Director Neil Pepe, who staged the premiere production of Romance
at New York’s Atlantic Theater Company (some of whose original cast members appear
at the Taper), shows a confident understanding of both the play’s verbal pyrotechnics
and its physical acrobatics, incorporating some low-key sight gags into the otherwise
loud proceedings. Robert Brill’s stage, a clever monument to both courtroom gravitas
and townhouse opulence, is best described as a series of rotating wooden blocks
that efficiently transport us from one locale to two others. Brill uses the set’s
columned vertical lines, capped by a painting of George Washington, as a foil
for the screwball antics unfolding below.
The ensemble is equally in tune with the slapstick, especially Bryggman, who was so compelling in the original New York production of Proof, and who here displays a natural sense of clowning as his Judge careens through the trial. It’s also admittedly something of a guarded treat to watch Ed Begley Jr. as such a foulmouthed character, even if his presence does get swept away by the play’s circus hijinks.One comment often heard in the theater during intermissions at un-P.C. plays (and it was heard at the Taper when I attended) is, “Everyone gets it here!” That is to say, all members of whatever social equation is being lampooned onstage are evenly pilloried. With Romance, however, questions remain over “who” is getting it and just what exactly they are getting.The lawyer and his client, certainly, represent a kind of ethnic paradigm, but one that, silhouetted against the larger picture of contemporary prejudices, seems somewhat quaint and almost Rockwellian. “The Jewish Question,” after all, isn’t exactly a red-button issue in the American conversation, even among stuffy WASPs like the Defense Attorney. And besides, the chiropractor, despite his defensive insults hurled against “brain-dead white socks, country club, plaid pants, Campbell’s soup fuckin’ shaygetz goy[s],” frankly isn’t bigoted on the level of his attorney. There is one moment when he seems about to offer an opinion on Palestinians, but that moment passes.Likewise, the Prosecutor’s boyfriend, Bernard (Noah Bean), attired in the stripy kind of sports jacket you might expect to find on Oscar Wilde, is so marrowless, so swishy, that no one can really be offended. But he’s not funny, either — he’s not anything except, maybe, a kind of early-1960s caricature of The Fag. After all, if a recent L.A. Times automobile review can refer to the Miata as “a hairdresser’s car,” we can assume this euphemistic stereotype has become a harmless relic. Mamet’s whole project reads like a valentine to the past.It’s only fair to ask, then, why the playwright bothered. Mamet, who has become so much a part of the culture and entertainment industry, had, unlike many other artists, the chance to say something to the theater public — or, at least, to poke that public in the eye, but settled on resurrecting some old vaudeville gags.And yet, he was so close to making Romance a subversive grenade of a comedy. If he had let the chiropractor go off on Arabs or had the Bailiff say “5-year-old” instead of “goose,” the guffaws that filled the Taper would have stopped cold.Presumably he didn’t because he doesn’t need to — Mamet’s audience certainly doesn’t want him to. It pretended to receive a bracing slap of Mamet invective but really came away tickled by a middle-aged, middle-class comedy. Romance is a play that goes for belly laughs but doesn’t have the stomach to make us think about anything. Which makes attending a Mamet farce like going to see the performance of a straight drag queen.ROMANCE | By DAVID MAMET | At the MARK TAPER FORUM, 135 N. Grand Ave.,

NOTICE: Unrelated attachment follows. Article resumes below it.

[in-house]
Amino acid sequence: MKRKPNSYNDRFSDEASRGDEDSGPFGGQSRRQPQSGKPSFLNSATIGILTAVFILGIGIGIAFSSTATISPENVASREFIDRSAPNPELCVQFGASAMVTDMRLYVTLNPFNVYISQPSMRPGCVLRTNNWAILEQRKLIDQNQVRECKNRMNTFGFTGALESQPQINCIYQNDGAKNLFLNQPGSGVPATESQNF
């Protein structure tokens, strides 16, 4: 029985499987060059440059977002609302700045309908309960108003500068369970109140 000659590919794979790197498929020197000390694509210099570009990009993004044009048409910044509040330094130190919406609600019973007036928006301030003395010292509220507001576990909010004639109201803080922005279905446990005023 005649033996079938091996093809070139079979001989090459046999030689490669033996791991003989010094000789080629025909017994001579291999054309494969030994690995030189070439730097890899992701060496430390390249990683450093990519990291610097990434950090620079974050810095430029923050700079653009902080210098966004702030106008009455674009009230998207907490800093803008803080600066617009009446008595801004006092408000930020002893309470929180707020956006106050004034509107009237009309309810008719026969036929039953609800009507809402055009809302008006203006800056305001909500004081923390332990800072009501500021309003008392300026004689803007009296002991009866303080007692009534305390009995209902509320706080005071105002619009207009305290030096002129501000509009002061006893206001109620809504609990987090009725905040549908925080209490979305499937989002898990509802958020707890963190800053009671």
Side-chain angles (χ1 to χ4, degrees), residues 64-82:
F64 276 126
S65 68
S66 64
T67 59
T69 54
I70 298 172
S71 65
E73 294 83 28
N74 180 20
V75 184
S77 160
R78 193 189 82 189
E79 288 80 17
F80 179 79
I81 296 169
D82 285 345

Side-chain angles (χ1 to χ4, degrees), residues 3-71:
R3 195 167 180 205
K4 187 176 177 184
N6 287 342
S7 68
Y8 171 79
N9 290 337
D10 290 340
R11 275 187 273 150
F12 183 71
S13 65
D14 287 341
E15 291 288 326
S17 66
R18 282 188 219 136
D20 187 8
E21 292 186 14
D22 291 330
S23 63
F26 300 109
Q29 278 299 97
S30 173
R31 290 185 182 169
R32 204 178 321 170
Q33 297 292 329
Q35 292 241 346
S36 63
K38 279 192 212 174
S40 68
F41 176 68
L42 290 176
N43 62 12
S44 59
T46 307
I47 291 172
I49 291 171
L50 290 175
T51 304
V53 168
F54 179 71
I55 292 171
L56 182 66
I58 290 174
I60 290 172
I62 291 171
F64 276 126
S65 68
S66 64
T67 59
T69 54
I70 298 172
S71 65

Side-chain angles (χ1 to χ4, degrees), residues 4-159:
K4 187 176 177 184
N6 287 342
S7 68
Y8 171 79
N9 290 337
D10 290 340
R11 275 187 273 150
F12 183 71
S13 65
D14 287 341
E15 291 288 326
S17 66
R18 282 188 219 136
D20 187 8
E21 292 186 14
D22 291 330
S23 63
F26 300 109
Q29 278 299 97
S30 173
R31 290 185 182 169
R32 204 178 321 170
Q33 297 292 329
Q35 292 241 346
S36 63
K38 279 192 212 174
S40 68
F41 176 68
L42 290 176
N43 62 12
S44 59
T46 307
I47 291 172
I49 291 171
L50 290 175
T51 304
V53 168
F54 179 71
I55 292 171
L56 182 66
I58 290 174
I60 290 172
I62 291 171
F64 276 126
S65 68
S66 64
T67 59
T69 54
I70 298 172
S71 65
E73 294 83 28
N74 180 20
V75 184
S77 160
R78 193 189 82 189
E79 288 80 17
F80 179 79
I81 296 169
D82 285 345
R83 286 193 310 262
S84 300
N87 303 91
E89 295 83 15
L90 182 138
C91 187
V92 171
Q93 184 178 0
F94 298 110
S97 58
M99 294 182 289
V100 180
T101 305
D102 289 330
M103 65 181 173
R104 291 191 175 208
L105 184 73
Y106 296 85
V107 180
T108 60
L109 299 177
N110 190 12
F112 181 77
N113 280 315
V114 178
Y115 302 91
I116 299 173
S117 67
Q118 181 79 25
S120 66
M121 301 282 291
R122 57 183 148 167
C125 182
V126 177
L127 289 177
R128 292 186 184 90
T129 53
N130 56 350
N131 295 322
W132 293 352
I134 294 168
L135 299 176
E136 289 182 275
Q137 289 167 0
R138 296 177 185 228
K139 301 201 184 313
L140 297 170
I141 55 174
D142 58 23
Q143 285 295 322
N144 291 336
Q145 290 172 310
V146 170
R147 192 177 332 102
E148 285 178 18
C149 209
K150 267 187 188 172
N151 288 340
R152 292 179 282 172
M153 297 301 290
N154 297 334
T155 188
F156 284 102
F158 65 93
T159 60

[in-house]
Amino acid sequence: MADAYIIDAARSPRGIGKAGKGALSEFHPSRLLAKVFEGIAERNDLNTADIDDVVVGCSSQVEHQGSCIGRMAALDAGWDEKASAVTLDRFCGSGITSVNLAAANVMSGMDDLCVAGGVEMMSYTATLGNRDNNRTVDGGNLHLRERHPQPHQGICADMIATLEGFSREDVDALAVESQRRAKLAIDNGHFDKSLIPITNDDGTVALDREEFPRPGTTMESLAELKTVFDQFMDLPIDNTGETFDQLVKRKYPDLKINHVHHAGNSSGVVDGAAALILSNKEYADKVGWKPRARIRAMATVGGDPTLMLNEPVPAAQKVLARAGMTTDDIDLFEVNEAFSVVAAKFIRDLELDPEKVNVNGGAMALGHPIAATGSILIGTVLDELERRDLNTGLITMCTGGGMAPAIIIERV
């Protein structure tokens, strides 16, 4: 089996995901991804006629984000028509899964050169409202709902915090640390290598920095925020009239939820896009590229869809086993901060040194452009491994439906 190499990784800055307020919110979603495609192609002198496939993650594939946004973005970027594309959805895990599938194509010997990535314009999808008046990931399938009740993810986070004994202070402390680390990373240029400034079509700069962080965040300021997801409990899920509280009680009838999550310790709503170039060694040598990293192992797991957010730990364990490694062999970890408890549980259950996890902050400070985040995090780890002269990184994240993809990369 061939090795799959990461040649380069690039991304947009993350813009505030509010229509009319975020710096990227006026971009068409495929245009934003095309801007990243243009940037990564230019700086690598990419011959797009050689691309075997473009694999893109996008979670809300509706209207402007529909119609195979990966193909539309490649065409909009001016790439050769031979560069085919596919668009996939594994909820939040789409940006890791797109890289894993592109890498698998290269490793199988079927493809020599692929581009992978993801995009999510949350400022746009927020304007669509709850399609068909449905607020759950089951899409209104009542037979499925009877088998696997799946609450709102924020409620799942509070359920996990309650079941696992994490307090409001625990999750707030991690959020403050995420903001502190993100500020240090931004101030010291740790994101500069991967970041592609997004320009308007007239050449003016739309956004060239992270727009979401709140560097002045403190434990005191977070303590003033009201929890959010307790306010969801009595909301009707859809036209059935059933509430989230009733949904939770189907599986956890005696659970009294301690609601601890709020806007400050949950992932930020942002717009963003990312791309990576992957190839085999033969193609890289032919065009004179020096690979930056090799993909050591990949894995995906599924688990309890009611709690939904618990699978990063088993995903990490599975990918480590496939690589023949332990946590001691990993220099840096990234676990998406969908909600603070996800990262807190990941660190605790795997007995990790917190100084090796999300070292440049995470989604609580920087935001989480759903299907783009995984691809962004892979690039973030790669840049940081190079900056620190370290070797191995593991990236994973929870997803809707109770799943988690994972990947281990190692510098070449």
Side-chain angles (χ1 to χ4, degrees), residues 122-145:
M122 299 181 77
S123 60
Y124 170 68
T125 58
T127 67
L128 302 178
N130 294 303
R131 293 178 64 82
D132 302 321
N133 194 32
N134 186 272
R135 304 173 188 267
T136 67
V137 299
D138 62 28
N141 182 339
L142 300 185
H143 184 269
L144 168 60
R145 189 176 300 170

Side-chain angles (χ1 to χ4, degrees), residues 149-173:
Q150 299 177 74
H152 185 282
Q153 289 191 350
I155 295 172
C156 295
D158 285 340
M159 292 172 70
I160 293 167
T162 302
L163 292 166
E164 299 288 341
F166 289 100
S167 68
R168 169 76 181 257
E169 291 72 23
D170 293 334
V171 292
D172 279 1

downtown | Through November 13 | (213) 628-2772